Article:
“The likelihood of inflation running persistently below 2 percent has diminished somewhat since early this year” was all the Fed statement had to say about the issue.

There is nothing magic about 2 percent, and some economists think that a 3 or 4 percent target might make more sense. But you don’t have to favor a higher target to realize the current inflation rate is not helping the economy.

At the moment, the threat of deflation is clearly greater in Europe than it is in the United States, and presumably some of the factors forcing prices down, including falling agricultural commodity and energy prices and a strengthening dollar, will diminish as time goes on. But if those weakening commodity prices signal a coming decline in economic activity around the world, the picture could worsen.

What is needed is for Fed officials, and other economists, to make clear some of the damage that low inflation can inflict on an economy. They make adjustments harder for countries that need to become more competitive. Cutting nominal wages is difficult and can be devastating for workers facing fixed costs, like mortgage expenses. But if there is inflation, real wages can decline as nominal wages remain level.

It has become common for some economists to denounce the effect of low interest rates on fixed-income investors, but that is not the complete story. Certainly those with money to invest now face an unappealing set of choices. But those who bought long-term securities years ago — when inflation was expected to be considerably higher than it now is — are receiving more value than they expected.

The much discussed ratio of national debt to gross domestic product also suffers. Consider the 18 nations in the eurozone. Collectively, their national debts rose by 7.8 percent in 2012 and 2013, forcing up the debt-to-G.D.P. ratio by 5.2 percentage points. From 2004 to 2006, their debts rose nearly as rapidly, by 7.4 percent. But the debt-to-G.D.P. ratio actually fell by a percentage point. At the time, European economies were growing and inflation was also pushing up the nominal gross domestic product figures. Now there is little if any growth or inflation, and the result is to worsen the debt picture.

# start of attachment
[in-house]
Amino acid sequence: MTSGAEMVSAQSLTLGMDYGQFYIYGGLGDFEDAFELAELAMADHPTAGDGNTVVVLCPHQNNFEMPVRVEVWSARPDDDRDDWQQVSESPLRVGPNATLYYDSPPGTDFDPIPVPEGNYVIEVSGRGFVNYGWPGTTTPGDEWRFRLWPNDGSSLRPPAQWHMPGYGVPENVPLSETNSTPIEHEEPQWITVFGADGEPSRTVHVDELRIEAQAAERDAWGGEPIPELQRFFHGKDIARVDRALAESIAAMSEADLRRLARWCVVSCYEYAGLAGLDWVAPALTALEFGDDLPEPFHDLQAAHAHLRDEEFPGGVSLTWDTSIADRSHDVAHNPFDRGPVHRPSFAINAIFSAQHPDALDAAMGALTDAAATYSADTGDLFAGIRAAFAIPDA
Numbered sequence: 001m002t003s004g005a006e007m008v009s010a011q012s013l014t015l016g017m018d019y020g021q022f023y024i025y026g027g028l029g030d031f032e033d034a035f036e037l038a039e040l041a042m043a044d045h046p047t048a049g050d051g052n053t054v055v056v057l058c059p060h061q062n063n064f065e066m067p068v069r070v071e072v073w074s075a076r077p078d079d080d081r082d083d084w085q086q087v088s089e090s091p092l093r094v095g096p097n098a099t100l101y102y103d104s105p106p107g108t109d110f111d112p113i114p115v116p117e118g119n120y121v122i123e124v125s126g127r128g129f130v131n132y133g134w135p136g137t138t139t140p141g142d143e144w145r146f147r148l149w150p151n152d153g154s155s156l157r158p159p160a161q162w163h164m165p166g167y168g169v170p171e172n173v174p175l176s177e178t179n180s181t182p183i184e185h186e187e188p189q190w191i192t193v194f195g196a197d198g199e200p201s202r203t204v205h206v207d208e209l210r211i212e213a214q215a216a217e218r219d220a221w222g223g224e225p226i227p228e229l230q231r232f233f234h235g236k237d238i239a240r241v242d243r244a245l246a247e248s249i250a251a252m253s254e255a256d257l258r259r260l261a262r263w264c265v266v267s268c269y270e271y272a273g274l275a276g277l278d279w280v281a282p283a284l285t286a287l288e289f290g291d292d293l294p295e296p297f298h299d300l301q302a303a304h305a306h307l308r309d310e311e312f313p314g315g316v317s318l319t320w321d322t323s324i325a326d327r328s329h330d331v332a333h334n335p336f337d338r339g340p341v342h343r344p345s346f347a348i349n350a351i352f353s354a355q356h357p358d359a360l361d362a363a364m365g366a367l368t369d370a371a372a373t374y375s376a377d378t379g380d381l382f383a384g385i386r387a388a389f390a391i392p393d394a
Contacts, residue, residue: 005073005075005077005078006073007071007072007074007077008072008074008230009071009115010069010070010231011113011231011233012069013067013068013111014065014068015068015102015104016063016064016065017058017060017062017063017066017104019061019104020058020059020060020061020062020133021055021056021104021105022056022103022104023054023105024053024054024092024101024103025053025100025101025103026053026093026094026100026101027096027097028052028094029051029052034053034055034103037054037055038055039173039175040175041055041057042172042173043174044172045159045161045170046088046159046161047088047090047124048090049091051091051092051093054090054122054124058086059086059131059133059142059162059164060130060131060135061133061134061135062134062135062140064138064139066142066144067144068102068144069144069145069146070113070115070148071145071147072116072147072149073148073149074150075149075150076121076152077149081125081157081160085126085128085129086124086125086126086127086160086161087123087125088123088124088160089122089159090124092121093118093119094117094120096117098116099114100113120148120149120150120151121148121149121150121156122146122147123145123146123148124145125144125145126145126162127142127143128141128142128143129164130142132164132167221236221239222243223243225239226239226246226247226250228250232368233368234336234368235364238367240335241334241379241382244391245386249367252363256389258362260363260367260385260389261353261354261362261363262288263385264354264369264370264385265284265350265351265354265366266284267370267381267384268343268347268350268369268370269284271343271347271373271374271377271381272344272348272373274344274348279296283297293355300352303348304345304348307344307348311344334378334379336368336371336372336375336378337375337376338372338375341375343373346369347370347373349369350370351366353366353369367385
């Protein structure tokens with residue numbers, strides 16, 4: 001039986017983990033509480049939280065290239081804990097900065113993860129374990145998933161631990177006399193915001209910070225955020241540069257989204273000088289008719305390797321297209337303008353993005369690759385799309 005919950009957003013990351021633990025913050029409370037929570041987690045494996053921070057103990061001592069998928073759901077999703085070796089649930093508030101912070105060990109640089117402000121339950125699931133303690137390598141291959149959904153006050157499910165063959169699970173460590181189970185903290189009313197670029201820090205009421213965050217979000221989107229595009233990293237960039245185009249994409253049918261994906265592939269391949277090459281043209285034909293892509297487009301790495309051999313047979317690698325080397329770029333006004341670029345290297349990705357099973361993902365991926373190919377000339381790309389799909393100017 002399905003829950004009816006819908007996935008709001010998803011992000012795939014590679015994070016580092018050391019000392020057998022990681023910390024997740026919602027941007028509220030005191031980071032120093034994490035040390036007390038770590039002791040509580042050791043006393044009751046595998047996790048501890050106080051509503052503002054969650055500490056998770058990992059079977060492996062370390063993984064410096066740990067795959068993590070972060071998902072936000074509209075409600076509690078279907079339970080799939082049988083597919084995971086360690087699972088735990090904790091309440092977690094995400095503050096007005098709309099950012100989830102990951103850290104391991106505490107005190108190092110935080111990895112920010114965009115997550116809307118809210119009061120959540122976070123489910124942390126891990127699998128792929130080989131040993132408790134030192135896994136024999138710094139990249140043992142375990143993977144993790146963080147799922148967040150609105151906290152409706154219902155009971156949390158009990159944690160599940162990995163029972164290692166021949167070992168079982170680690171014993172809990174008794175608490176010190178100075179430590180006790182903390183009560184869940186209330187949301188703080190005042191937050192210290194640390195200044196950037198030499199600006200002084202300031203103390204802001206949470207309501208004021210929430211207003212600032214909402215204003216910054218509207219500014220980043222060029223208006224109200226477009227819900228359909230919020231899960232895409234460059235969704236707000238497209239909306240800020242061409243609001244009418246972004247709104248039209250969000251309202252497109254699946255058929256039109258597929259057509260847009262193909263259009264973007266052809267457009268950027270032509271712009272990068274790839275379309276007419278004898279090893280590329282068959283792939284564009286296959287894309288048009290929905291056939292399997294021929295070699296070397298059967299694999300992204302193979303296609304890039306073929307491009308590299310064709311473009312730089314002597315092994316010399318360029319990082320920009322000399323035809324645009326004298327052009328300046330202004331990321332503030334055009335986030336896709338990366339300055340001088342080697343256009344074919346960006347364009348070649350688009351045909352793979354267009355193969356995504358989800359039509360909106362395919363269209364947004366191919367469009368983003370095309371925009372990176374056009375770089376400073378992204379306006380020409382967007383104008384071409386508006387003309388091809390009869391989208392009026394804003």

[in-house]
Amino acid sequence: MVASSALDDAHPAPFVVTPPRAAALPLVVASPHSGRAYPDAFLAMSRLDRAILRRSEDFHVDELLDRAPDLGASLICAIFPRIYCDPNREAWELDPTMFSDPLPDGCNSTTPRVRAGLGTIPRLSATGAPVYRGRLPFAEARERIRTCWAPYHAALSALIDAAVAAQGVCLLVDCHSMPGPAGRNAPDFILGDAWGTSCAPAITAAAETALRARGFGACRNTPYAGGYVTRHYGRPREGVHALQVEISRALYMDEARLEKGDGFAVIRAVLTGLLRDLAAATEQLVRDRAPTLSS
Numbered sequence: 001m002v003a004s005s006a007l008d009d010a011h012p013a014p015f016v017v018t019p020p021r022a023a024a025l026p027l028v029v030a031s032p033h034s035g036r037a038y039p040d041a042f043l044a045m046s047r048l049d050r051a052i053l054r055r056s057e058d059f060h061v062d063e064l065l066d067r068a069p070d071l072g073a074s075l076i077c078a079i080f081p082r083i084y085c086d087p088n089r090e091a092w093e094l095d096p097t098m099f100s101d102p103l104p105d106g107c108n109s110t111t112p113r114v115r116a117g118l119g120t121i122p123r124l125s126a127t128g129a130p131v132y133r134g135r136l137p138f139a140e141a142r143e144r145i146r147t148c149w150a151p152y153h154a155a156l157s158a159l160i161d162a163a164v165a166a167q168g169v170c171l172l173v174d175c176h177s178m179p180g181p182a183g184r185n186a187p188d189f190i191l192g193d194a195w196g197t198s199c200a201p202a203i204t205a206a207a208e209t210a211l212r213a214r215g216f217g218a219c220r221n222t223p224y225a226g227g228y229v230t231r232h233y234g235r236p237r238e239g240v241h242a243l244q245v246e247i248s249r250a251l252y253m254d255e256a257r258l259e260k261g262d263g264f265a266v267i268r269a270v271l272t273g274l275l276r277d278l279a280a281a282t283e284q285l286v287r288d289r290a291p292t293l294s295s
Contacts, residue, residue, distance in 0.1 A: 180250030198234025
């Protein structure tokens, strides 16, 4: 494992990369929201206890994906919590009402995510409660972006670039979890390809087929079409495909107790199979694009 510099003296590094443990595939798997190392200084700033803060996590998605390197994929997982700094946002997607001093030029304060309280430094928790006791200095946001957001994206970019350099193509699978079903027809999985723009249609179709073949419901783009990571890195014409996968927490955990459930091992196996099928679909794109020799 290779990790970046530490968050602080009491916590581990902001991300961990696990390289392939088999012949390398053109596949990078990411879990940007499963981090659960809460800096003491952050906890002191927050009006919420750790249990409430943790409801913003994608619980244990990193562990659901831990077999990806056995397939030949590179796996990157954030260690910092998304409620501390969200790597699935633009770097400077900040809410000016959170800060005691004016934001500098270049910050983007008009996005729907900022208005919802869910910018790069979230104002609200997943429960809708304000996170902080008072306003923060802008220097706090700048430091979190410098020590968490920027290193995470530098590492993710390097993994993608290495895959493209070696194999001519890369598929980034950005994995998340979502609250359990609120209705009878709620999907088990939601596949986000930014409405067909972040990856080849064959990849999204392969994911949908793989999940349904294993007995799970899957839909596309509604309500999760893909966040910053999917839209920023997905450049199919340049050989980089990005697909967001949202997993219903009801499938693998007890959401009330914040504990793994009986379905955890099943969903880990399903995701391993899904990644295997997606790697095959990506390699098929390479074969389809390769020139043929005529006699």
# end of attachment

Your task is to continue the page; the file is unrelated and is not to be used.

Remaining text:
The markets inferred from the Fed’s statement that credit tightening through higher interest rates would more likely arrive sooner than expected, and the dollar rose. If the economic growth and job figures continue to look good, and if inflation manages to rise at least a little, that forecast could be a good one.

But what will happen if inflation — and inflation expectations — do decline? So far, as can be seen in the Survey of Professional Forecasters conducted quarterly by the Federal Reserve Bank of Philadelphia, the 10-year inflation forecast has remained stable at 2 percent. If it began to fall, that would catch the attention of Fed officials.

But the bond market is not so confident. The market inflation forecast can be estimated by calculating the inflation rate at which a purchase of a normal Treasury security would be no better or worse than the purchase of an inflation-protected Treasury security of the same maturity. At the end of last year, the 10-year inflation forecast was 2.2 percent; now it is 1.7 percent. The one-year forecast then was 1.5 percent; now it is a forecast of deflation, negative 0.75 percent.

What could the Fed do if it turns out deflation is a real threat? In theory, it could resume quantitative easing. It could also jawbone Congress to provide more fiscal stimulus. If the Republicans win control of the Senate in next week’s elections, the first alternative might bring angry denunciations from both sides of Capitol Hill. The second might simply be ignored.

As long as deflation is a possibility, the Fed would be well advised to explain, again and again, why inflation that is too low is also bad for the economy. The lesson that high inflation is a threat is well known to politicians and voters. There is a need, as Cardinal Wolsey might have said, to get something else into their heads.



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wwqqer 在职认证  发表于 2014-10-31 23:47:04 |显示全部楼层